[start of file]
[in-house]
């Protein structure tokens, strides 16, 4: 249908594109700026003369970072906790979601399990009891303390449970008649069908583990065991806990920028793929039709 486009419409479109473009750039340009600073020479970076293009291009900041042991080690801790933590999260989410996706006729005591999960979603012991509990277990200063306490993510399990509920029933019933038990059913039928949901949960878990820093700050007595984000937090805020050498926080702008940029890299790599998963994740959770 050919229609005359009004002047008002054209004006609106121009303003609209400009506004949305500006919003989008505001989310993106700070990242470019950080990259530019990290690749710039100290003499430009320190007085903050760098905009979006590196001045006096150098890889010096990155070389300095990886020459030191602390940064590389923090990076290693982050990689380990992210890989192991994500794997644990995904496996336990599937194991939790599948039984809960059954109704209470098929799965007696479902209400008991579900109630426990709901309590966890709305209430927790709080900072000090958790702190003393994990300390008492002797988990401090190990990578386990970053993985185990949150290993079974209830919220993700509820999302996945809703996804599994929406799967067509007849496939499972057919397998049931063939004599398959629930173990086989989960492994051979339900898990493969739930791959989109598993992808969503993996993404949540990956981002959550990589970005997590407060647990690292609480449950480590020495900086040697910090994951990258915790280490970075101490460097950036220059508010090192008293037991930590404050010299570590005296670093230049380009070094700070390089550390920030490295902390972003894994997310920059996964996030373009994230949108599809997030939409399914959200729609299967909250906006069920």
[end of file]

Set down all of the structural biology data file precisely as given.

[in-house]
């Protein structure tokens, strides 16, 4: 249908594109700026003369970072906790979601399990009891303390449970008649069908583990065991806990920028793929039709 486009419409479109473009750039340009600073020479970076293009291009900041042991080690801790933590999260989410996706006729005591999960979603012991509990277990200063306490993510399990509920029933019933038990059913039928949901949960878990820093700050007595984000937090805020050498926080702008940029890299790599998963994740959770 050919229609005359009004002047008002054209004006609106121009303003609209400009506004949305500006919003989008505001989310993106700070990242470019950080990259530019990290690749710039100290003499430009320190007085903050760098905009979006590196001045006096150098890889010096990155070389300095990886020459030191602390940064590389923090990076290693982050990689380990992210890989192991994500794997644990995904496996336990599937194991939790599948039984809960059954109704209470098929799965007696479902209400008991579900109630426990709901309590966890709305209430927790709080900072000090958790702190003393994990300390008492002797988990401090190990990578386990970053993985185990949150290993079974209830919220993700509820999302996945809703996804599994929406799967067509007849496939499972057919397998049931063939004599398959629930173990086989989960492994051979339900898990493969739930791959989109598993992808969503993996993404949540990956981002959550990589970005997590407060647990690292609480449950480590020495900086040697910090994951990258915790280490970075101490460097950036220059508010090192008293037991930590404050010299570590005296670093230049380009070094700070390089550390920030490295902390972003894994997310920059996964996030373009994230949108599809997030939409399914959200729609299967909250906006069920």